European countries operate their own airlift assets at a national level (UK: Brize Norton and Lyneham; Netherlands: Eindhoven; Belgium: Melsbroek; ...) but are also investing in pooled airlift. Through the SALIS project they lease for collective military use 6 Antonov An-124 transport planes, which are based at the civil airport of Leipzig (Germany). Another project is the purchase of three C-17 aircraft, which will be based at the military airport of Papa (Hungary) from November 2008.

For sealift, civil capacities are often used. Most European countries have or no -- or insufficient -- means of military sea transport, so civil shipping is hired. Also, civil ports are used. The US Army uses the ports of Antwerp, Rotterdam and Bremen for its sea transports from and towards its bases in Germany.

Combat forces

The next building block for military interventions are the combat forces, nowadays fewer and with lighter material in order to be more easily deployed to the battle zone. These are spread across a lot of bases all over Europe. NATO aims to have 40% of its land forces ready for deployment and 8% of them continuously in operation, which results in a lot of bases being involved . So we have to limit ourselves to some examples.

Vicenza in northern Italy houses the main part of the US 173rd Airborne Brigade in the Ederle barracks; 2900 military. There are plans to concentrate the whole brigade in Vicenza and to build a new base on the Dal Molin civilian airfield. This would raise the US military presence to 5000 soldiers. The 173rd AB is one of the three main US combat brigades destined to remain based in Europe. In 2003, 1000 soldiers from this brigade did a parachute jump into northern Iraq, taking off from Aviano military airport (Italy). Later this brigade deployed to Afghanistan as well. The new base enlargement would make Vicenza one of the main military intervention bases in Europe, a prospect which provoked demonstrations of more than 100,000 people.

But this US base is not the only intervention force in Vicenza. It also houses the headquarters of the European Gendarmerie Force. This is a European intervention force consisting of militarised police and specialised in crisis management. It was started by France, Italy, the Netherlands, Portugal and Spain. Operations will be led from this headquarters in Vicenza.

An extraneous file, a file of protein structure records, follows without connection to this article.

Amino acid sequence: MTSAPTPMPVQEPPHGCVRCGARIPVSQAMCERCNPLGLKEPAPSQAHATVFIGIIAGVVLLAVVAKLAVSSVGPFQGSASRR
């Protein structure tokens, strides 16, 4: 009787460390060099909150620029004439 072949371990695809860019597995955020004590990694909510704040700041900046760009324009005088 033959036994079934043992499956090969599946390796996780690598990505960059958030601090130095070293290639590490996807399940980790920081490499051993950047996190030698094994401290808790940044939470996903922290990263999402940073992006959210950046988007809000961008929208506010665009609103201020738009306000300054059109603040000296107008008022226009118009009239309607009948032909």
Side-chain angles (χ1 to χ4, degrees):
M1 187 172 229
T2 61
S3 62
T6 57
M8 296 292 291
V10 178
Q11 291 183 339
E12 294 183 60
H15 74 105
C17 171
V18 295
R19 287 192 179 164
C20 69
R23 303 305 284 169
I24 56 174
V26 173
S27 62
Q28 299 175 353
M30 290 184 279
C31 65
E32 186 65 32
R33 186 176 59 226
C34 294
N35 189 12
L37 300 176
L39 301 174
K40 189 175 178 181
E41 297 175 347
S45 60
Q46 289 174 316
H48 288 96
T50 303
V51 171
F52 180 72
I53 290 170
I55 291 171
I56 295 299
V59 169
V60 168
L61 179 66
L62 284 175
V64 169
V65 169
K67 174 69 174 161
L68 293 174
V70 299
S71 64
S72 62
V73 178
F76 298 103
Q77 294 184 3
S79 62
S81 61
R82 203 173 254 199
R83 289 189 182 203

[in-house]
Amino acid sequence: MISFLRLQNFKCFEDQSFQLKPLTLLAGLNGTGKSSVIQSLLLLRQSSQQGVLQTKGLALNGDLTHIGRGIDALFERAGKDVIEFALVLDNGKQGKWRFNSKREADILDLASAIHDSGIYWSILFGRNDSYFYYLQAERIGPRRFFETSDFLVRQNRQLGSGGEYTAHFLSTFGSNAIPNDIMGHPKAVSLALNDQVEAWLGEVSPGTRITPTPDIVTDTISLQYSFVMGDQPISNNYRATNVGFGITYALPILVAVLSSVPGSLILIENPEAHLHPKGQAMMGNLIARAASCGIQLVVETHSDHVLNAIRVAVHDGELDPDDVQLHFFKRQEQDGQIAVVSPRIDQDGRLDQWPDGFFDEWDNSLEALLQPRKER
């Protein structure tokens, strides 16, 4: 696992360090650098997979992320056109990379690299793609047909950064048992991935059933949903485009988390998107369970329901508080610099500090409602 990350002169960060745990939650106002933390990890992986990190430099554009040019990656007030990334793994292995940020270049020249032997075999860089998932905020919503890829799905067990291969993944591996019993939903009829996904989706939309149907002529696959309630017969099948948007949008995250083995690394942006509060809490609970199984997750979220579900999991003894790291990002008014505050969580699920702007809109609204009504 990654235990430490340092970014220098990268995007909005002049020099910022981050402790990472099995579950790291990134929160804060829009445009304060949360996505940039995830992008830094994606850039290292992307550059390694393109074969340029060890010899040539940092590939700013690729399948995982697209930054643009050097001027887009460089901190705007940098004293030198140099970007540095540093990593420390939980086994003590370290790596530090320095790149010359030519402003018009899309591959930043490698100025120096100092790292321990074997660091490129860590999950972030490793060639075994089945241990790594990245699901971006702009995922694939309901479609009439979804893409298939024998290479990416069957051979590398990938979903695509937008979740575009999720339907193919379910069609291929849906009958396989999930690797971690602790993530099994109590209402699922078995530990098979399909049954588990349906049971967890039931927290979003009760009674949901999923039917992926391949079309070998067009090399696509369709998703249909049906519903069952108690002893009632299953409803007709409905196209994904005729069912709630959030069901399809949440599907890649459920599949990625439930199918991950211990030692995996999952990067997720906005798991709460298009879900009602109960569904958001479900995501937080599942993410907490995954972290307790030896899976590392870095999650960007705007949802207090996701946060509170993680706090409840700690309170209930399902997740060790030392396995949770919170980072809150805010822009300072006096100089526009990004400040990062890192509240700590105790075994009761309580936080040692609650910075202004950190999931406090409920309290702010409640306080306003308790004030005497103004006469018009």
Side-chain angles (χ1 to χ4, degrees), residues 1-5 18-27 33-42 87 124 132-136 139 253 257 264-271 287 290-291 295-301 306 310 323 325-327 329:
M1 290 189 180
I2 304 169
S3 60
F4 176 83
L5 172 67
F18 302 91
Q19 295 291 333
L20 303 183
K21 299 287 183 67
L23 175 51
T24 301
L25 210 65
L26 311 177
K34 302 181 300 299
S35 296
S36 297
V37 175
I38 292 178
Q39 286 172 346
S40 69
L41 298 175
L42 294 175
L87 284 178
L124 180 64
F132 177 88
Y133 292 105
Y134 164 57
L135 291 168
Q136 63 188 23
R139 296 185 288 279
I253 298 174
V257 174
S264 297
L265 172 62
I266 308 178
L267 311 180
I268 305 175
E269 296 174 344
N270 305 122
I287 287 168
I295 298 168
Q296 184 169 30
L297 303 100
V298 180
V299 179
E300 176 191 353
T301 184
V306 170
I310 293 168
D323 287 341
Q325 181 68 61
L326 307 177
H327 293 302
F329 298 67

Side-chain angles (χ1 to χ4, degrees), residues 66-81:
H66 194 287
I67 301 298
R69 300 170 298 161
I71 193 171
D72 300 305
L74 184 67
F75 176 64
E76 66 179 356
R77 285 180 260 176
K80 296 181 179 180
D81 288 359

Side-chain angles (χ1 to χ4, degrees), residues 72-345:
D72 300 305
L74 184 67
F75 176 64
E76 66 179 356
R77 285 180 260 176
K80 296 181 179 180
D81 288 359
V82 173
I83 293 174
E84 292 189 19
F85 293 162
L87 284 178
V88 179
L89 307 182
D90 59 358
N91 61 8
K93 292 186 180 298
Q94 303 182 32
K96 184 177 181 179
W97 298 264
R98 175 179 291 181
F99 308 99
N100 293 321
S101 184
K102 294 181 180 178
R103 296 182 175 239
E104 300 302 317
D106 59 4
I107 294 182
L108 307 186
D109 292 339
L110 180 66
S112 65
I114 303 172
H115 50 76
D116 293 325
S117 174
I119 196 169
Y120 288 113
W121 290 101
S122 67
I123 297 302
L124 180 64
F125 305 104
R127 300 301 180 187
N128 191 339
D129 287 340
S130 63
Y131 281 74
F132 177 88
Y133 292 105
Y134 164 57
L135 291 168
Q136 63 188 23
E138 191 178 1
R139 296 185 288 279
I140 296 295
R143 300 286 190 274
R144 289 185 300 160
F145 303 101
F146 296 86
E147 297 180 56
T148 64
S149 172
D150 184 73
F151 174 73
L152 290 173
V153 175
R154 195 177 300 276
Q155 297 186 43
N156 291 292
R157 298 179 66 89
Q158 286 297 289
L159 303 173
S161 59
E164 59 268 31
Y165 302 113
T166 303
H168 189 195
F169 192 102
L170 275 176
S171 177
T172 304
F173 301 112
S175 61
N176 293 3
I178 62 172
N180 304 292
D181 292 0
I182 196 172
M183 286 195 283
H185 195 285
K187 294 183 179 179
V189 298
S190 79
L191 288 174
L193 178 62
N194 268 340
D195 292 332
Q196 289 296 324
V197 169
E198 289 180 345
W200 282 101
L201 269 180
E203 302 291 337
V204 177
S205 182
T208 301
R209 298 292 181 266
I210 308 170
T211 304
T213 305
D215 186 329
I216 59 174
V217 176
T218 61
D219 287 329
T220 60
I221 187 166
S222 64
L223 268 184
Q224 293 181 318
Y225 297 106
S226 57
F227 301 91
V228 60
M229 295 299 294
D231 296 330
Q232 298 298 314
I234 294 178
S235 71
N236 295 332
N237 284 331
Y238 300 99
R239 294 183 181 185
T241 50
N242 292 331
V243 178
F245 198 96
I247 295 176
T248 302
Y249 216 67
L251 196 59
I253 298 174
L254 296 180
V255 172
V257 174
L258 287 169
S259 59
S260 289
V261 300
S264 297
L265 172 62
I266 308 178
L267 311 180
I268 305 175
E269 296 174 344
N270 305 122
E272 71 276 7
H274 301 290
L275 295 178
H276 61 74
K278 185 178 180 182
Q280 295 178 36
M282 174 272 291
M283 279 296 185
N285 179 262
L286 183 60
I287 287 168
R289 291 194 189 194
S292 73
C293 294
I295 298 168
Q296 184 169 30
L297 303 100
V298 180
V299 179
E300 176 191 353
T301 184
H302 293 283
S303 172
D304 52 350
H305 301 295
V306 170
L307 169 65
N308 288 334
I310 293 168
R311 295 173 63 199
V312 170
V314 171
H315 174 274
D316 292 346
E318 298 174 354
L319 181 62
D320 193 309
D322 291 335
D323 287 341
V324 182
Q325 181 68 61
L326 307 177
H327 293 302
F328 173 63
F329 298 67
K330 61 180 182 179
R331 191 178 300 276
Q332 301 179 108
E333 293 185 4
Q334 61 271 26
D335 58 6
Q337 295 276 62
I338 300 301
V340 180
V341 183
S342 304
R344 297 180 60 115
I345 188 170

An example of European combat forces is the Eurocorps based in Strasbourg. This is a headquarters for land forces, originally formed by France and Germany and later joined by Belgium, Spain, Luxembourg and Poland. It permanently has about 1000 personnel, and national forces are earmarked for operations under this command. The Eurocorps can be used for EU and NATO operations, and it was used in Kosovo and Afghanistan.

One brigade is permanently earmarked for this headquarters: the French-German Brigade. This brigade is a major army unit with about 5000 soldiers coming from both countries. It is based at several places in the German region of Baden-Württemberg. This brigade was deployed together with the Eurocorps HQ to Kosovo and Afghanistan.

Not only land forces are involved in interventions. Fighter planes based in Europe are often deployed to Afghanistan to give close air support for the land troops, in other words bombing. And sometimes the bombing flights take off directly from European bases: during the last Iraq war from Fairford (Britain), in 1991 also from Rota (Spain), in the Kosovo war from Italian bases.

These are just a few examples of the footprint of war in Europe, as 1000 military bases are impossible to describe in 1000 words.

Hans Lammerant

Comments

Military bases: the footprint

The Eurocorps can be used for EU and NATO operations, and it was used in Kosovo and Afghanistan.